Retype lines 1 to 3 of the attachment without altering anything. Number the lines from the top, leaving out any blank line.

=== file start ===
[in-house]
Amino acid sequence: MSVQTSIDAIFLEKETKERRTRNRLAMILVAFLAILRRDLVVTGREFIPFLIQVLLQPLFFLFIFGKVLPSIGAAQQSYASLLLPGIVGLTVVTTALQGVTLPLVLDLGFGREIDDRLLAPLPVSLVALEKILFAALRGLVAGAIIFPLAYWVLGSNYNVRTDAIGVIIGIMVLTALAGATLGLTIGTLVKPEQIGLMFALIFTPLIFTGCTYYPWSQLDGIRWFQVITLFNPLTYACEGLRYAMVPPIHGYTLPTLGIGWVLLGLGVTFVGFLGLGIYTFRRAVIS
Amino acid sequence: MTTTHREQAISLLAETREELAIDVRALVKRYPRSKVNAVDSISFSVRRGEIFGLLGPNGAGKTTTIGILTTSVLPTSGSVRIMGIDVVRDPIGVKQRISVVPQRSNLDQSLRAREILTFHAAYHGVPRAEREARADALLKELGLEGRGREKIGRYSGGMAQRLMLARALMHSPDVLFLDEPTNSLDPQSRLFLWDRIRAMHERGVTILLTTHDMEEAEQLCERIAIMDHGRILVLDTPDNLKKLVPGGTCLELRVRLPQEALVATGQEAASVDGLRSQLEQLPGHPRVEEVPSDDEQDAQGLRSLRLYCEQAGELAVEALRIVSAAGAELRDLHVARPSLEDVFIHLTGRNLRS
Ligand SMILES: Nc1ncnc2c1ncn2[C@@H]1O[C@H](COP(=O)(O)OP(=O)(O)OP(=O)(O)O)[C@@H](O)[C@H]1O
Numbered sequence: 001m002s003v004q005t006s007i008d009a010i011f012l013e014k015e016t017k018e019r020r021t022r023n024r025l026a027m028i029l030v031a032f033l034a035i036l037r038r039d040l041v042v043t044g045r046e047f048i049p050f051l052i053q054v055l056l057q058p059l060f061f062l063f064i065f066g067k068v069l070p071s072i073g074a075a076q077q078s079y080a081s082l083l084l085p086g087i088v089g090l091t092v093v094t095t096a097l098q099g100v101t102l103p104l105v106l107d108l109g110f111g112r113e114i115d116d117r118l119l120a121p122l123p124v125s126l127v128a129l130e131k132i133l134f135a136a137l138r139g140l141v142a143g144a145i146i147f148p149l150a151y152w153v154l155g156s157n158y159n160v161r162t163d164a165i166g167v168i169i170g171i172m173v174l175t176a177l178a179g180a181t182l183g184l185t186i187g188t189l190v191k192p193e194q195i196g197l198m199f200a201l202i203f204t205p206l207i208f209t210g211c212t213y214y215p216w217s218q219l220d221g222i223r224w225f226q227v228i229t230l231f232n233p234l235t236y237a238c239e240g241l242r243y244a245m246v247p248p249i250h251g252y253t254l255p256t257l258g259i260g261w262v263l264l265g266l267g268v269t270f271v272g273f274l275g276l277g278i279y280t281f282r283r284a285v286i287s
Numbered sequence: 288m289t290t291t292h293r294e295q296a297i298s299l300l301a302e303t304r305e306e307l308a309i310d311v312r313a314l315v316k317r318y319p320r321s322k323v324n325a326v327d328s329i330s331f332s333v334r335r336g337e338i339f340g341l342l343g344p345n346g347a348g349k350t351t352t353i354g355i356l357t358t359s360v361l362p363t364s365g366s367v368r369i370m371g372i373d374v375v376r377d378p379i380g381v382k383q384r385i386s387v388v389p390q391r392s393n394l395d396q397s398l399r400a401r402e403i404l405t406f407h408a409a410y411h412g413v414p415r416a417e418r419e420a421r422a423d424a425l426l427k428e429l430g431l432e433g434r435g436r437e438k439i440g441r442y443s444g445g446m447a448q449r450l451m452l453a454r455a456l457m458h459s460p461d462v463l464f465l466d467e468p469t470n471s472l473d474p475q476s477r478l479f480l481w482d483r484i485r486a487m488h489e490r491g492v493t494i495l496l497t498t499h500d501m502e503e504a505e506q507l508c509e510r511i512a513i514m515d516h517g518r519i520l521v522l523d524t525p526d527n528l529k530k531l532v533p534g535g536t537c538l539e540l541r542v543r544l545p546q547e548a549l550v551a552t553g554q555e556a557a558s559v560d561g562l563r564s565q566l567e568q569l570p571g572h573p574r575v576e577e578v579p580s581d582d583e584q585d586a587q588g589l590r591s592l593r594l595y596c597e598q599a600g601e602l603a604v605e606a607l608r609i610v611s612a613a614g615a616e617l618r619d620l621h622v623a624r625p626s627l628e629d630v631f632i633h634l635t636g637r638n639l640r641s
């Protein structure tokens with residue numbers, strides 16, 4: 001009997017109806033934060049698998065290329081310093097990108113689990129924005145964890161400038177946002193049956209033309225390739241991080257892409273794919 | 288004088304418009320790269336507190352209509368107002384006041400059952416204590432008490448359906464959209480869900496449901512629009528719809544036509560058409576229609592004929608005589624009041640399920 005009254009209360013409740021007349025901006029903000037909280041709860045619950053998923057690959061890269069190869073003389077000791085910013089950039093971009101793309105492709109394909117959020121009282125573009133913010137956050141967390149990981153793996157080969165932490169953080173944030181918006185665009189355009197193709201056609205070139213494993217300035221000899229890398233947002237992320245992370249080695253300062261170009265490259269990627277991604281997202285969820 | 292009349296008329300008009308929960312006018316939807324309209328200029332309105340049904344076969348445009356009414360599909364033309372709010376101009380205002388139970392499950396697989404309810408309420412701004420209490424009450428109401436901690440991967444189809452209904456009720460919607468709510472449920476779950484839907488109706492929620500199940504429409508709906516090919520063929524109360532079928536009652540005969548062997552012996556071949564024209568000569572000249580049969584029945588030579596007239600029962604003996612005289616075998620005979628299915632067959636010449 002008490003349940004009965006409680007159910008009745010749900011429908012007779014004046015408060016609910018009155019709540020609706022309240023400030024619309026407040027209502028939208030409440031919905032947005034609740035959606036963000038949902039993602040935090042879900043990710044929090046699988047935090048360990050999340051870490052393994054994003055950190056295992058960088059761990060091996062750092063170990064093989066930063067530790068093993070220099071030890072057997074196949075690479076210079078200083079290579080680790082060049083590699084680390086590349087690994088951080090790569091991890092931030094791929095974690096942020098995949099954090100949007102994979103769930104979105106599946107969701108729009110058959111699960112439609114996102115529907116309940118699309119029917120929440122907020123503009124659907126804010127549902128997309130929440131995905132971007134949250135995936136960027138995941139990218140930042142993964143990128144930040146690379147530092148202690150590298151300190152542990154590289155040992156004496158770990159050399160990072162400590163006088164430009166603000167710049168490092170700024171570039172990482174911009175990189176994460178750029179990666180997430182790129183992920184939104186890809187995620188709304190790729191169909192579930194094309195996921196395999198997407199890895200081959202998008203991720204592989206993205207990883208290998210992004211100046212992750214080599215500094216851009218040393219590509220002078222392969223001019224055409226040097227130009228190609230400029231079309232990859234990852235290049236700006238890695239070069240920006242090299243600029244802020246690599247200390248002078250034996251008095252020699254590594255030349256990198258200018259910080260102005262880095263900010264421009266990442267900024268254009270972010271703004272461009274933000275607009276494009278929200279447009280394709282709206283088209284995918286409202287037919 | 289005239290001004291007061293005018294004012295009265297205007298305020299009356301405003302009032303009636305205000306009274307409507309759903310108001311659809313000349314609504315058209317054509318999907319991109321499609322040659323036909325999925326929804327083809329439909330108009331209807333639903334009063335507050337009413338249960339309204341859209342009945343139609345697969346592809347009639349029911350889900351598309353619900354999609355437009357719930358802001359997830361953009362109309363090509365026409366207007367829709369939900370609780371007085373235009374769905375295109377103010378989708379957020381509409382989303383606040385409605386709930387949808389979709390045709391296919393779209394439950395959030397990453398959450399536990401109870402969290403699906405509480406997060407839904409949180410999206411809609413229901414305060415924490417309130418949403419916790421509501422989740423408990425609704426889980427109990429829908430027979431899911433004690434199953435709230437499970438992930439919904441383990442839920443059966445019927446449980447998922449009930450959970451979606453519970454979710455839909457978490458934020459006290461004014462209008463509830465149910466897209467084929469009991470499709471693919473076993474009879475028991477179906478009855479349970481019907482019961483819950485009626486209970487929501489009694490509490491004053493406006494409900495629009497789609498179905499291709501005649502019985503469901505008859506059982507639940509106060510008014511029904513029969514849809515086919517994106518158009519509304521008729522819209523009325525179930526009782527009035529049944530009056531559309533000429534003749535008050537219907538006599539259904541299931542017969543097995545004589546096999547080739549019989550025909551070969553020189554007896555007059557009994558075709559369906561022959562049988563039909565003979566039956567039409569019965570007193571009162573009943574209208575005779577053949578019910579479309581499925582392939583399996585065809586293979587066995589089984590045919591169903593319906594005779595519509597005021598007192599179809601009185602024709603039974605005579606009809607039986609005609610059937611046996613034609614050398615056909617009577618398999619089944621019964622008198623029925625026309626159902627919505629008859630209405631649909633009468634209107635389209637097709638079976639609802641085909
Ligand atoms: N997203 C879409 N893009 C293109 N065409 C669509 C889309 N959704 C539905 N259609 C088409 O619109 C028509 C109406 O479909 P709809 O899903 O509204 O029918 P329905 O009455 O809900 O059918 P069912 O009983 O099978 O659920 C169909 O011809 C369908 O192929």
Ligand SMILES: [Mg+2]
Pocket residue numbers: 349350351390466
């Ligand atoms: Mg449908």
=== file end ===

[in-house]
Amino acid sequence: MSVQTSIDAIFLEKETKERRTRNRLAMILVAFLAILRRDLVVTGREFIPFLIQVLLQPLFFLFIFGKVLPSIGAAQQSYASLLLPGIVGLTVVTTALQGVTLPLVLDLGFGREIDDRLLAPLPVSLVALEKILFAALRGLVAGAIIFPLAYWVLGSNYNVRTDAIGVIIGIMVLTALAGATLGLTIGTLVKPEQIGLMFALIFTPLIFTGCTYYPWSQLDGIRWFQVITLFNPLTYACEGLRYAMVPPIHGYTLPTLGIGWVLLGLGVTFVGFLGLGIYTFRRAVIS
Amino acid sequence: MTTTHREQAISLLAETREELAIDVRALVKRYPRSKVNAVDSISFSVRRGEIFGLLGPNGAGKTTTIGILTTSVLPTSGSVRIMGIDVVRDPIGVKQRISVVPQRSNLDQSLRAREILTFHAAYHGVPRAEREARADALLKELGLEGRGREKIGRYSGGMAQRLMLARALMHSPDVLFLDEPTNSLDPQSRLFLWDRIRAMHERGVTILLTTHDMEEAEQLCERIAIMDHGRILVLDTPDNLKKLVPGGTCLELRVRLPQEALVATGQEAASVDGLRSQLEQLPGHPRVEEVPSDDEQDAQGLRSLRLYCEQAGELAVEALRIVSAAGAELRDLHVARPSLEDVFIHLTGRNLRS